Poking my head above the mid-semester waters to ask this question: how do we change the table?
There are two conversations going on in my world that provoke for me the same question: do we want to find ourselves a seat at the table, or do we want an entirely different table? And if we want a new table altogether, what do we have to do to get it?
In early October I participated in the HuMetricsHSS Workshop in East Lansing. This workshop featured Buffalo Wild Wings with Regina and an out-of-nowhere sighting of a high school friend I hadn’t seen in 25 years in the Michigan State Library. Amazing. It also included two days of conversation with engaged scholars and teachers from a range of disciplines about what it would look like to develop a set of values for humanities scholarship and faculty work that would push against the reductive and often-punitive institutional focus on things like impact factors and raw counts of scholarly output. If we want higher ed to value things that humanities faculty value, what would those values be, and how would we measure them?
A second and related conversation in my library world surfaced this week during an Educause session about connecting the library to learning analytics initiatives in universities. As institutions rely on “data-driven decision making,” the argument goes, libraries need to be engaged in those initiatives too, lest we miss out on the opportunity to demonstrate our value in the terms that our provosts and academic vice presidents can understand. For librarians whose values are rooted in respect for patron privacy and confidentiality, whose initiatives are not data gathering but data masking, such talk is anathema. If we begin to track our students as a strategy for embedding ourselves in the university, what is the point of being librarians at all?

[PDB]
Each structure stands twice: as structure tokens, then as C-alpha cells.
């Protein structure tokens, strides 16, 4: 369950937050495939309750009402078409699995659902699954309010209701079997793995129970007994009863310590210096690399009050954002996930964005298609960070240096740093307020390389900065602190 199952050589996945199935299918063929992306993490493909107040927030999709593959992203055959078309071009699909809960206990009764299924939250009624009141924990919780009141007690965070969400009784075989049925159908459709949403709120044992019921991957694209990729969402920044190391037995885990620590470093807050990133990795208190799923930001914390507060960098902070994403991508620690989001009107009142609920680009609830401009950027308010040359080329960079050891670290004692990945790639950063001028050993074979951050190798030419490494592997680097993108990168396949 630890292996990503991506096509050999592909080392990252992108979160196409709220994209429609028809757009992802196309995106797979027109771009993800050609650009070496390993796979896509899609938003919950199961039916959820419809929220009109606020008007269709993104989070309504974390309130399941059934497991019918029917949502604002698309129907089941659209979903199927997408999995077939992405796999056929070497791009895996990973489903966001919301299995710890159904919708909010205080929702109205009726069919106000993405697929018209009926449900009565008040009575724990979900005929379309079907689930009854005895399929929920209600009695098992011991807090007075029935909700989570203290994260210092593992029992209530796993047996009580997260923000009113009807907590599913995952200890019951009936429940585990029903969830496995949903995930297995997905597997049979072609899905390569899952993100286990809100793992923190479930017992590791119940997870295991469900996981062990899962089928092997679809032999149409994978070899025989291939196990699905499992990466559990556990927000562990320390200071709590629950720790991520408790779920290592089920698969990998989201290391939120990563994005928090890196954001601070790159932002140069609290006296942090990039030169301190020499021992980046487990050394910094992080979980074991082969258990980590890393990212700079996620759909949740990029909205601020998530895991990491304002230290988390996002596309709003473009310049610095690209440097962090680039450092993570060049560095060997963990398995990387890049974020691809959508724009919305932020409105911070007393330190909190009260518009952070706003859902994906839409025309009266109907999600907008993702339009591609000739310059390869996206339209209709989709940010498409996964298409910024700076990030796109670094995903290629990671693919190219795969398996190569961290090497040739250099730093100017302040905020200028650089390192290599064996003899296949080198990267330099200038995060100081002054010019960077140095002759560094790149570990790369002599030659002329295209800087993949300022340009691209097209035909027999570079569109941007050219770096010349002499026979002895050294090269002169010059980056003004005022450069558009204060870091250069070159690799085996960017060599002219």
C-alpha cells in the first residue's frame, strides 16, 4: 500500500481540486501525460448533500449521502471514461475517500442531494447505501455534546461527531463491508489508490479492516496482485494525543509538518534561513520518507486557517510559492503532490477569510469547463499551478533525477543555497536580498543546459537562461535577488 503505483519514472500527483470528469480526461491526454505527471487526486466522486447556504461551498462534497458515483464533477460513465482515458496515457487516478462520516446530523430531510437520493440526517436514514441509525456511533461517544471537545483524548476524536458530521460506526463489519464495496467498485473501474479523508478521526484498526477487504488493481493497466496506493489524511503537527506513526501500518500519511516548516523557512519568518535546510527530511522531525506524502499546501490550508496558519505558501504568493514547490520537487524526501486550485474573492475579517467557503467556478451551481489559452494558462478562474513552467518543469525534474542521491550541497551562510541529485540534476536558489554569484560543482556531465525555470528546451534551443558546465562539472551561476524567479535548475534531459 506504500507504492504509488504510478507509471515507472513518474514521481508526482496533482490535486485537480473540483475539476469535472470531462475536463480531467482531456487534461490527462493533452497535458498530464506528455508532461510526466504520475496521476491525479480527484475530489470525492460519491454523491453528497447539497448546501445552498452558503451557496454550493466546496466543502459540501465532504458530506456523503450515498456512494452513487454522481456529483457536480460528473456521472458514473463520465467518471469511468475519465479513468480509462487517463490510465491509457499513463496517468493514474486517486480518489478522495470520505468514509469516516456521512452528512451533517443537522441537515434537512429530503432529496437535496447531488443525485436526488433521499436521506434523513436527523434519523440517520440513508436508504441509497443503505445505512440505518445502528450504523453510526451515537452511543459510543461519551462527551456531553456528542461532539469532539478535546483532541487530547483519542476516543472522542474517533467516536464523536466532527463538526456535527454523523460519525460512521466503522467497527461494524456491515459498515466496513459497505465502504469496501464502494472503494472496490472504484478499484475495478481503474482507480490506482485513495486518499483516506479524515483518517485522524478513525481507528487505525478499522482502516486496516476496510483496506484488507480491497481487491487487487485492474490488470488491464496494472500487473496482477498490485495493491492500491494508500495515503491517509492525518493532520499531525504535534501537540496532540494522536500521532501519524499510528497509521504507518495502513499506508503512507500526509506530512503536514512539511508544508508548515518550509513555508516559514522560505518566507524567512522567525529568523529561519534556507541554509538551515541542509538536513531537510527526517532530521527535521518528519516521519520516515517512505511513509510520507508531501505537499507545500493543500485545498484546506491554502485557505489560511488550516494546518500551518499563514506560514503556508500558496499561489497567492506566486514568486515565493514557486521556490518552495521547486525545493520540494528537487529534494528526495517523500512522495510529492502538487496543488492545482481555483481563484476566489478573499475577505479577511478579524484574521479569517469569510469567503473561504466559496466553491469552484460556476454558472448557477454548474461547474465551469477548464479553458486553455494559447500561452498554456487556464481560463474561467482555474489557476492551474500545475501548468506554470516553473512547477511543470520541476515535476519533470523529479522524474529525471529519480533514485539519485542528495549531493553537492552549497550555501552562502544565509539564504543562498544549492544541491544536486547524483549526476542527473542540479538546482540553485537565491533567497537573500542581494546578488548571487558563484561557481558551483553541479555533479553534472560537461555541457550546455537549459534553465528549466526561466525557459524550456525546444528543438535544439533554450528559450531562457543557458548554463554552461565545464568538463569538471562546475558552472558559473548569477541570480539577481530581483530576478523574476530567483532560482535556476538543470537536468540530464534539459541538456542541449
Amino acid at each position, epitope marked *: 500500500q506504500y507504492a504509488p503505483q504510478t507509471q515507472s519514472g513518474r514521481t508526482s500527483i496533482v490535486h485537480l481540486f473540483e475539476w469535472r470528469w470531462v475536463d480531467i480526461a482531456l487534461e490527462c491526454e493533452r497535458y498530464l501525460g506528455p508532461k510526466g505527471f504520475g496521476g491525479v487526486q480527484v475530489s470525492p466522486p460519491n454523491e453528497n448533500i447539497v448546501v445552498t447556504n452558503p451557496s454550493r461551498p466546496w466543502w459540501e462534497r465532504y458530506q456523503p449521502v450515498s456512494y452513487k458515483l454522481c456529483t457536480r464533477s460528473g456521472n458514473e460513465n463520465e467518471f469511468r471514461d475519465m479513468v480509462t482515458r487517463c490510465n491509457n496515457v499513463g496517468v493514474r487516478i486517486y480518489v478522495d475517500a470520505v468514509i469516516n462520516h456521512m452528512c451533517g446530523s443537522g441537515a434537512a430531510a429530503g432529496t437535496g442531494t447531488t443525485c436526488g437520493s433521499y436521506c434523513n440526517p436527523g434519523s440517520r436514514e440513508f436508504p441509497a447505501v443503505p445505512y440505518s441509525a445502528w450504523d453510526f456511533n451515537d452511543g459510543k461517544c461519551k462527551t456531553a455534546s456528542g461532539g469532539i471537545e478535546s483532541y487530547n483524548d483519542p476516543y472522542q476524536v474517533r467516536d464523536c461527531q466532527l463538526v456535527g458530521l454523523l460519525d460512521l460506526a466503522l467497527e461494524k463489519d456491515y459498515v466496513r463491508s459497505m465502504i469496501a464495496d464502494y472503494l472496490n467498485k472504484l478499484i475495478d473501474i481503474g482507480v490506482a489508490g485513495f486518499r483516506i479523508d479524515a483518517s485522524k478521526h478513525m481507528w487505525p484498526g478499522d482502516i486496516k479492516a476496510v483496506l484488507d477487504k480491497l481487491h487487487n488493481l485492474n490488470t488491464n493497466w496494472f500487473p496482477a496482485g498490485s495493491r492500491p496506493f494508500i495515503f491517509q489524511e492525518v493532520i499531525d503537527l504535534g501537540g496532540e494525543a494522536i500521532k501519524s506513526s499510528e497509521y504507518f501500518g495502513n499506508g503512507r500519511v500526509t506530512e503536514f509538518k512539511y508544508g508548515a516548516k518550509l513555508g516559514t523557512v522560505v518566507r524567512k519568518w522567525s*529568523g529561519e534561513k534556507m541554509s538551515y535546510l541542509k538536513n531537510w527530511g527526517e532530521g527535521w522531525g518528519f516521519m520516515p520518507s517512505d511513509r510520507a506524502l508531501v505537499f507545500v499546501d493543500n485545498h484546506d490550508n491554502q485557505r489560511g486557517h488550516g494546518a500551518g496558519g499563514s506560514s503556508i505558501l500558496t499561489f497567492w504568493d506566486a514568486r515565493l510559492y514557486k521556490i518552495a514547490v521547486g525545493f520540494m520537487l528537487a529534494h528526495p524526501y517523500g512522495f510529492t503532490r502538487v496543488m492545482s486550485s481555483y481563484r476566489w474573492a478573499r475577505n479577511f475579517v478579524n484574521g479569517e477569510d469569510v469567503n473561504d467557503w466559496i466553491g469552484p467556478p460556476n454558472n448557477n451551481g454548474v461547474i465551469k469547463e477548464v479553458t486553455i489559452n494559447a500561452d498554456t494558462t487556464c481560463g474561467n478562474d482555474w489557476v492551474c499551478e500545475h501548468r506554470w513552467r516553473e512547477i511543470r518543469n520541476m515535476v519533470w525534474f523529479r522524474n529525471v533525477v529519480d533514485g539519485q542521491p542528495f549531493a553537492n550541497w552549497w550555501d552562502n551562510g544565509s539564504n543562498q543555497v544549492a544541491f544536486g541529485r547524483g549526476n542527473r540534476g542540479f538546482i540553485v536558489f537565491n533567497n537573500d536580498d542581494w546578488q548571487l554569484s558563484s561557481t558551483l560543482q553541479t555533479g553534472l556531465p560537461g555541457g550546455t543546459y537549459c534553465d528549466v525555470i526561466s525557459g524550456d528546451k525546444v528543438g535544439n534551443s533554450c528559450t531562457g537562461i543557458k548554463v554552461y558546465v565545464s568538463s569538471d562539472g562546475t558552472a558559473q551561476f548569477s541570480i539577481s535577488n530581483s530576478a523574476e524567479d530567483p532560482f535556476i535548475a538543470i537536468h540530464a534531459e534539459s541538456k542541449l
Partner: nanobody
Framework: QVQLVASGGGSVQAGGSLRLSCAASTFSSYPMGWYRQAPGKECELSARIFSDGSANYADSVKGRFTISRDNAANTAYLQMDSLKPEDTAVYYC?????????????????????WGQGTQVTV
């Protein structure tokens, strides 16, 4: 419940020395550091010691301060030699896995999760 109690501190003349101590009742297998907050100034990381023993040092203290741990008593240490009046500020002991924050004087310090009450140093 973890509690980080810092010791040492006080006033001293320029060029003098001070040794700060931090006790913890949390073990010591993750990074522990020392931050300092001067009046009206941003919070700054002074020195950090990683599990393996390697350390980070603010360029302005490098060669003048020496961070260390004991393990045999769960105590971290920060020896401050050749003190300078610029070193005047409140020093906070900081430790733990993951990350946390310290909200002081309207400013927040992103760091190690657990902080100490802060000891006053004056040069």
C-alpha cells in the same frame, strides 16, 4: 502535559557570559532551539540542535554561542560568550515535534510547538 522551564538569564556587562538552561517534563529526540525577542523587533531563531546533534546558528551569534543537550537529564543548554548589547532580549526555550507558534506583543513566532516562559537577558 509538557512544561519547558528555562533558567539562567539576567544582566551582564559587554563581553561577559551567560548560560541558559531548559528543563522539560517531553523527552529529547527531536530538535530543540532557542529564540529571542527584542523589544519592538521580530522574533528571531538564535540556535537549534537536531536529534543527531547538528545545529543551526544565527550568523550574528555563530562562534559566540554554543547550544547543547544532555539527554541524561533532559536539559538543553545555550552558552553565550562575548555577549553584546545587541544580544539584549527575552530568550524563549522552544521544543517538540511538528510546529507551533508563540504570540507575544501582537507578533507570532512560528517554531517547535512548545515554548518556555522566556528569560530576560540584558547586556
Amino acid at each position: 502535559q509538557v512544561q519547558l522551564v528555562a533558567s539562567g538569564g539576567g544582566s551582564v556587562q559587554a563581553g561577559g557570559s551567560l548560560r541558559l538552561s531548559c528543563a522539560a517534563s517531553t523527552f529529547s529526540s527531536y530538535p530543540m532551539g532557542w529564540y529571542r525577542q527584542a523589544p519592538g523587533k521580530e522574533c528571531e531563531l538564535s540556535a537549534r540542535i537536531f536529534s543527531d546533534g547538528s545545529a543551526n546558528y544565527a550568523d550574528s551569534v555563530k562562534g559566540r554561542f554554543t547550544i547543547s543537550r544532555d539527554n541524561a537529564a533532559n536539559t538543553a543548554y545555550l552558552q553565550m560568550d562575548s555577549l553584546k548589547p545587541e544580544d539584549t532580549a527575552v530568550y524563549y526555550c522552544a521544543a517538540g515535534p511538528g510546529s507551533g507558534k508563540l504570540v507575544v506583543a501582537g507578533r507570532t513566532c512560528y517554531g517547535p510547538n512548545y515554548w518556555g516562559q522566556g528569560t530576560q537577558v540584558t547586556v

In both cases, we find ourselves needing to make strategic decisions about what methods of building power we will deploy so that the things that matter to us–things that I would argue ought to matter without proof or data, spaces for the life of the mind and critical engagement and social life–can continue to exist, much less thrive, under the weight of corporatizing neoliberal higher education. Who will determine the terms of the debate? What ground will we concede in order to secure that space for ourselves? The underlying issue during the HuMetrics workshop was the way that the conversation concedes that institutional measurement is necessary, a system and structure that was itself not subject to change. Given that the table has already been set, what do we want on the menu? The same givens are in place in the library privacy conversation. If data about individual student learning drives resource allocation, what can we do to get some of that allocated our way? How can we be sure that we get a plate too?
It is quite easy, I think, to proclaim that we should resist!, in the popular phrasing of the day, these various neoliberal reductions of the work we do, as this twitter thread suggests:
1/ We don't need a more "humane" metrics system for work in the humanities & social sciences; we need to reject metrics, period. #hssvalues
— punctum ⛱ books (@punctum_books) October 7, 2017
We need to reject metrics. We need to reject learning analytics.
But what would it take to actually do this? What does that rejection look like if we were to reject it an organized way, in a way that reflected a meaningful we, rather than as single individuals taking loud public stands and then getting fired for it?
This is the conversation I’d like to see happening, that I’d love to see funded by a Mellon grant. Instead of talking about what’s on the menu, or how to keep us from being what’s served for dinner, how can we change the table? How can we change the terms of the debate?
That’s an actual question, and I would love to hear any answers people have, things they are trying. When people say “stand up against it,” what does that actually look like? Not turning in assessment reports or tenure portfolios?
For me, this week, it looked like spending an hour with a colleague talking about a small thing we’d like to change–making our union executive meetings open to any and all observers–and what a meaningful vision might look like in the wake of a devastating contract fight. We made a short list. We agreed to meet again after I get back from the NYLA conference in Saratoga next week.
I have no idea. I really don’t know. We really need to know. Do you know?